I looked up to the man biking down the hill. As I waited for him to come down, I stood behind a row of parked cars waiting, camera in hand, finger on the shutter release. He came nearer. I put my eye to the viewfinder, lined up the shot, and… nothing. The button was locked; the camera was off. As I turned to walk up the hill, I heard someone yell behind me.
“You taking pictures?”
I pivoted. It was the biker.
“Y-yeah. I didn’t get anything this time though. The camera was off!”
“Do you want to get a picture of me? I take photos too. I have a little Fuji.”
Surprised, I took him up on his offer. I didn’t expect him to be so kind. As we walked back up the hill, I made sure the camera was on and the exposure was set properly. As he rode down the hill, I waited, this time in plain sight, and got the shot. I kept my extremely sharp Hexanon 50mm F/1.7 lens wide open because it was getting dark and I needed to compensate for the faster shutter speed.
This, in conjunction with the focus having been mistakenly set to infinity, left the biking man blurry. Nonetheless, I really like this image!
With my trusty Konica Autoreflex T3 and nifty fifty, I continued my walk through Brooklyn, passing by a Café, a lost stuffed animal, and the former Bristol-Meyers Squibb headquarters.
The camera and lens had been collecting dust in my apartment for a number of years. A few months prior to this shoot, I put two rolls of color film through this camera; this was my foray into Black and White, which I primarily use to this day.
You might be interested in...
I still had a few more exposures on the roll when I took the camera to Montauk to visit a family friend. There, we took an excursion to the Walking Dunes Trail. Although the Dunes are walkable, the trail gets its name from the unfixed nature of them–each year, the wind moves them a number of inches, and in doing so, they cover the trees of the adjacent forest.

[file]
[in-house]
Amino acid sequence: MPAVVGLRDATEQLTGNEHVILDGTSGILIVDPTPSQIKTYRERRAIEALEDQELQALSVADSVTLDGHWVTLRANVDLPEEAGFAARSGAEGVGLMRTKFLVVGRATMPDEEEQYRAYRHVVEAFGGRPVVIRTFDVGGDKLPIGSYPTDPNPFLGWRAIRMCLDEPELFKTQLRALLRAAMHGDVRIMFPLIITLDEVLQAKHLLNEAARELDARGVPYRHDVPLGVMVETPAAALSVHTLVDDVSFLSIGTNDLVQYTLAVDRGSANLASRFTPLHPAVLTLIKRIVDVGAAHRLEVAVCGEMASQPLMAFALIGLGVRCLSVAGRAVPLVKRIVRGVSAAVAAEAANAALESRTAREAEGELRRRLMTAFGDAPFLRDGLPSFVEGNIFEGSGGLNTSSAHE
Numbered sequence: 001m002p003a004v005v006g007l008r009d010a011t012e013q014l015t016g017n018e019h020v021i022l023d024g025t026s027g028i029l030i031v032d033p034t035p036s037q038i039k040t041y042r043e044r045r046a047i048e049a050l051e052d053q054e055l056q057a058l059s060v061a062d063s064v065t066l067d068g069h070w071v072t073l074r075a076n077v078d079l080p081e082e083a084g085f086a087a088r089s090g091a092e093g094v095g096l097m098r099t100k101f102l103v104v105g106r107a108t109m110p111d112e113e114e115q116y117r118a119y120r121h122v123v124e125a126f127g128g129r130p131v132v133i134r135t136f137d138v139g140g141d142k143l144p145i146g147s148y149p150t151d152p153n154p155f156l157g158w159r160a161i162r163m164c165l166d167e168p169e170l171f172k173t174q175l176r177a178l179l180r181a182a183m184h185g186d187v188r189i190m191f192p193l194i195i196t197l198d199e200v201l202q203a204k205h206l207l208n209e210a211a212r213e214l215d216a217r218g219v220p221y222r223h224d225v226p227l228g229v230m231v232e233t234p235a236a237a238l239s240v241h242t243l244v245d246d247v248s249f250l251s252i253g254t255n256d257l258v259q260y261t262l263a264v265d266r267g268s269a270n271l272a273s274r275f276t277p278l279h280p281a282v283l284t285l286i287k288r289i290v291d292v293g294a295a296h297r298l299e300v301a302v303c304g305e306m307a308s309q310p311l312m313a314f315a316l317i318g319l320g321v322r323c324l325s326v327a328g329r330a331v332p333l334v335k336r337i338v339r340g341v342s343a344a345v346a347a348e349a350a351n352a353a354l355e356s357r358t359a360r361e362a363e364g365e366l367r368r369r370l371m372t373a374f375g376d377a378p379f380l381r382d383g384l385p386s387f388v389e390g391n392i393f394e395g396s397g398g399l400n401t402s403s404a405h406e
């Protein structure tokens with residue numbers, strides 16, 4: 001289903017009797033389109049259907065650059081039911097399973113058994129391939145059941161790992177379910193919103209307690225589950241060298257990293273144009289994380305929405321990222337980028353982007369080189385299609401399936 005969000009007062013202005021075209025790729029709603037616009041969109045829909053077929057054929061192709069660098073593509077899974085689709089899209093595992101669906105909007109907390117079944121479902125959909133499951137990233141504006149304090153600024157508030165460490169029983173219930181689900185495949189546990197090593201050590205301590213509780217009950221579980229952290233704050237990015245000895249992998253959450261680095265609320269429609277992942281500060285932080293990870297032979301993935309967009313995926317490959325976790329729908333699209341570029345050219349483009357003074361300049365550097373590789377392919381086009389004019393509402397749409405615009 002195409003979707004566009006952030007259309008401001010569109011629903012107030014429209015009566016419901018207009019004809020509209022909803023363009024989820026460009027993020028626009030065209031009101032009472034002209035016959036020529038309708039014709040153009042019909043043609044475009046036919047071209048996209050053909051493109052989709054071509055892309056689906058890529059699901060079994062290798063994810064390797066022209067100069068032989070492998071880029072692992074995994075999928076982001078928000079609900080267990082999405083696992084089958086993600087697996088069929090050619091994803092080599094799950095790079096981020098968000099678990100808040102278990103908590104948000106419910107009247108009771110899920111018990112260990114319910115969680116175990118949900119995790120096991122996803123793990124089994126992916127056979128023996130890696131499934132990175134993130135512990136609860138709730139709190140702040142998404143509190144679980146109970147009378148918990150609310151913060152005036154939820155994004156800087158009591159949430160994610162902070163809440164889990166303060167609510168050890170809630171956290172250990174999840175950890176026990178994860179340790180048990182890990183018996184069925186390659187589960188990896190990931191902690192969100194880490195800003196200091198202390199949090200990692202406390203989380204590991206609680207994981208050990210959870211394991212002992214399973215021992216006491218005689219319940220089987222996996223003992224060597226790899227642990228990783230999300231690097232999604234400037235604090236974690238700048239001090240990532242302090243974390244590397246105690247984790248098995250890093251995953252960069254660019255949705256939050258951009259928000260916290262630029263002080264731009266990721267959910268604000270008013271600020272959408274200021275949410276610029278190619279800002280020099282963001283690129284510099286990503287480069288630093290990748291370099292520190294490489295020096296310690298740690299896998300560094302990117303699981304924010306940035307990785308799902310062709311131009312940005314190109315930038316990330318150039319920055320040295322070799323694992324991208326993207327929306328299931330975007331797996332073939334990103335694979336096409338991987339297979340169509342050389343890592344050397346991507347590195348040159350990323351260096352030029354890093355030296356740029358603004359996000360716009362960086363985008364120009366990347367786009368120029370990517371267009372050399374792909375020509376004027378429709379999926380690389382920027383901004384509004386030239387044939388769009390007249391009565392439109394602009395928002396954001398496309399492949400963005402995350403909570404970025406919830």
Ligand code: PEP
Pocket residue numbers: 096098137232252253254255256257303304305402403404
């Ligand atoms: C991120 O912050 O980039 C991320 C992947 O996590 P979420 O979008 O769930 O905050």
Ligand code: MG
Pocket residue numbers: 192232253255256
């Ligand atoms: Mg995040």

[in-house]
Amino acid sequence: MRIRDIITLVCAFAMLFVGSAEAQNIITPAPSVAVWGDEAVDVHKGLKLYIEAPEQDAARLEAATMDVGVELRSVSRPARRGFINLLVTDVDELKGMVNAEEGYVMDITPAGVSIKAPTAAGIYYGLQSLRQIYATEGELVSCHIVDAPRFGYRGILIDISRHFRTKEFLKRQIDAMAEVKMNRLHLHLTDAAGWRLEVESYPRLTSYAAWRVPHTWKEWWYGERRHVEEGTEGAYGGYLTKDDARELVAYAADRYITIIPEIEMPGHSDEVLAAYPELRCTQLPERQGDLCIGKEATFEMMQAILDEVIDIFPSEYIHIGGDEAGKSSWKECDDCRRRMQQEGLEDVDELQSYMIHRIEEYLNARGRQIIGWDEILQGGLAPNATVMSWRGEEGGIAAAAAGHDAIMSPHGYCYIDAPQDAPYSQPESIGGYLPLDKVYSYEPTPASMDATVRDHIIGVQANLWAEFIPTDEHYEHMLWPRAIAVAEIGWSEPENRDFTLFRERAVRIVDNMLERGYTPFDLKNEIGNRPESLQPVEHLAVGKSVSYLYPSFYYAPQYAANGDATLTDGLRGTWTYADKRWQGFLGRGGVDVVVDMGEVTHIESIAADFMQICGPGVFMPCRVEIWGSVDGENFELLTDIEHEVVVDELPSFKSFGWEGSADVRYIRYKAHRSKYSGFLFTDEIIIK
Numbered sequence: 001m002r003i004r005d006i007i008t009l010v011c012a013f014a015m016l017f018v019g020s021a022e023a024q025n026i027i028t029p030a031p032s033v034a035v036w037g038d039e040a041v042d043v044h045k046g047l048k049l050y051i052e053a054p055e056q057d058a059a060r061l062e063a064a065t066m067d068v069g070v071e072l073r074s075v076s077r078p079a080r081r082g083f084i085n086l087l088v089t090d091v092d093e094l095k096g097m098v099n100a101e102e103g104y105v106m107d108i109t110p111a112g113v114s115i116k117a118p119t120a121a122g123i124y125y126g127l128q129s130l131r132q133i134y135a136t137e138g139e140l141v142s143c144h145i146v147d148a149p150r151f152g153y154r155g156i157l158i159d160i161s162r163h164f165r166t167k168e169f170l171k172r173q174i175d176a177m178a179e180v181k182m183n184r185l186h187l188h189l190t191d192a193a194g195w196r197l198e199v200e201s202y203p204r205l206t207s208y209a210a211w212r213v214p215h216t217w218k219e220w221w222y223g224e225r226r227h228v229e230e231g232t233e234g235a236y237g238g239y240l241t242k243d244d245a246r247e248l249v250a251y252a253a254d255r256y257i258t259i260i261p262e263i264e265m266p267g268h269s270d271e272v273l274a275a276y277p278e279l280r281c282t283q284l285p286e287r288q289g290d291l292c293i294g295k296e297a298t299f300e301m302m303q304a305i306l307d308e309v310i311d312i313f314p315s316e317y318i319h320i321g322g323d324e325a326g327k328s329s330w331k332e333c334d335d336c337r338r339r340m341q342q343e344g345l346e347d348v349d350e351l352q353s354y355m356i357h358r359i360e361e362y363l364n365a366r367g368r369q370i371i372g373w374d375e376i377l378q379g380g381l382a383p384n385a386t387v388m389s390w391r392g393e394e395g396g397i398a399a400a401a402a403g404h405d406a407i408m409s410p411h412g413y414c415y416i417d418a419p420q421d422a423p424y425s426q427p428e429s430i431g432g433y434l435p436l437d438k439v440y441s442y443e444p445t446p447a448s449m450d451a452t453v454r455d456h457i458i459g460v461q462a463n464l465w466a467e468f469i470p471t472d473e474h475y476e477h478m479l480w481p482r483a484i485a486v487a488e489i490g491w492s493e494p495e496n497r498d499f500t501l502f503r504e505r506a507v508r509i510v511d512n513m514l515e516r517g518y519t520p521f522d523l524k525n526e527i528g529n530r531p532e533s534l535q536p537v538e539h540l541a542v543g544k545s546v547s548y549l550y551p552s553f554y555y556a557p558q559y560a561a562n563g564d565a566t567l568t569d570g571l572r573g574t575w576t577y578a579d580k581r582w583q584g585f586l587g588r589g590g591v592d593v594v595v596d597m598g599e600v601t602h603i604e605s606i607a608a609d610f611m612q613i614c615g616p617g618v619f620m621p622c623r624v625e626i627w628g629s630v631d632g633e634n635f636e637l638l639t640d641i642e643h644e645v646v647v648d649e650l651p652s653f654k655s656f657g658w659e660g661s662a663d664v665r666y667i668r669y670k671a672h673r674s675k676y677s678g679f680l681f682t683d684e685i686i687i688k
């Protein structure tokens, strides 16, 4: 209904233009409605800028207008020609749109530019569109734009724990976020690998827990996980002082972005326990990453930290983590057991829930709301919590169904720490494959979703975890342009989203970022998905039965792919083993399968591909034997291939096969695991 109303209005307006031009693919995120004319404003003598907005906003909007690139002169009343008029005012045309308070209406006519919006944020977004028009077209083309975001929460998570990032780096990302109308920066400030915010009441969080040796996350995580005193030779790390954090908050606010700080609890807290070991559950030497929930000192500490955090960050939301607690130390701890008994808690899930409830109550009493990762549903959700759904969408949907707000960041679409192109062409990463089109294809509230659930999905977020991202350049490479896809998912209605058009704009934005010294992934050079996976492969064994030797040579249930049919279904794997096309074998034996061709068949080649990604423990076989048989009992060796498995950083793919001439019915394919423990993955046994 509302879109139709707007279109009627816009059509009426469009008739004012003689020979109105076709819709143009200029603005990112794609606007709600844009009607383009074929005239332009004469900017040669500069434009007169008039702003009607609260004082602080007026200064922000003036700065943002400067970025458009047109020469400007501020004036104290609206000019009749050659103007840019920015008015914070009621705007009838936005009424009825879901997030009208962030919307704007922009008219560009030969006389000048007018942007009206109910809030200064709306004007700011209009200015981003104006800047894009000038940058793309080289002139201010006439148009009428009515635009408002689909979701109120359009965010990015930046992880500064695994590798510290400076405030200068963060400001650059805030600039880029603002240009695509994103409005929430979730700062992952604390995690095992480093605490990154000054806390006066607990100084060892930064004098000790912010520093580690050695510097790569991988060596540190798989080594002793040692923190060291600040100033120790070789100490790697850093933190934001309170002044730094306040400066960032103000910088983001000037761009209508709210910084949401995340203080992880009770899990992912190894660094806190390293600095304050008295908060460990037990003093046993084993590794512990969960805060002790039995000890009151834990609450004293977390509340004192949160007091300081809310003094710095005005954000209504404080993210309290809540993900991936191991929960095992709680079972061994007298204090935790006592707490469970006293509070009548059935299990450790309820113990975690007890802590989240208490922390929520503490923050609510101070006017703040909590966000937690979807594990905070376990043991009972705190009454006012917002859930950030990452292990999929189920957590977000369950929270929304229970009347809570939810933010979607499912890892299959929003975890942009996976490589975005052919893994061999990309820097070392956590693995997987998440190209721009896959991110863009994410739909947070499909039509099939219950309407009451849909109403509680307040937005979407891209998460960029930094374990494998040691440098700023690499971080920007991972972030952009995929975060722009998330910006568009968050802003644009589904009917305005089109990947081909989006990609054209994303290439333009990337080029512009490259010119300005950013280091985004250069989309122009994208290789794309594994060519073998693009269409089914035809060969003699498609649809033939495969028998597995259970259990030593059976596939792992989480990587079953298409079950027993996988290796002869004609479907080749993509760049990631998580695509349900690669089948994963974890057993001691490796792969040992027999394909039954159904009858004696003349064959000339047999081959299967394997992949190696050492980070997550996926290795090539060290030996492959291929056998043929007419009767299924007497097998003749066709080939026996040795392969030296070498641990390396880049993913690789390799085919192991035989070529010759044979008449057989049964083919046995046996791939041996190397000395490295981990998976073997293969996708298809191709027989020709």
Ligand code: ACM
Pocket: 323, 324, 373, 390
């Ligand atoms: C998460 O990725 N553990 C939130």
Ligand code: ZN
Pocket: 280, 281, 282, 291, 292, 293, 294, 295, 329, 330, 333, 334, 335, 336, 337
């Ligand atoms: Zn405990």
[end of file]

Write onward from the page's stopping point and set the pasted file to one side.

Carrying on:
The extraterrestrial nature of this image reminds me of The Twilight Zone episode “The Lonely,” about a man who is incarcerated on an asteroid.
Although I have a series of automatic 35mm cameras, I will certainly be using this camera and lens more often. The satisfaction gained from manually advancing film and turning an aperture dial is unmatched!
Submit your 5 Frames... today
Get your own 5 Frames featured by submitting your article using this form or by sending an email via the contact link at the top of the page.
Share your knowledge, story or project
The transfer of knowledge across the film photography community is the heart of EMULSIVE. You can add your support by contributing your thoughts, work, experiences and ideas to inspire the hundreds of thousands of people who read these pages each month. Check out the submission guide here.
If you like what you're reading you can also help this passion project by heading over to the EMULSIVE Patreon page and contributing as little as a dollar a month. There's also print and apparel over at Society 6, currently showcasing over two dozen t-shirt designs and over a dozen unique photographs available for purchase.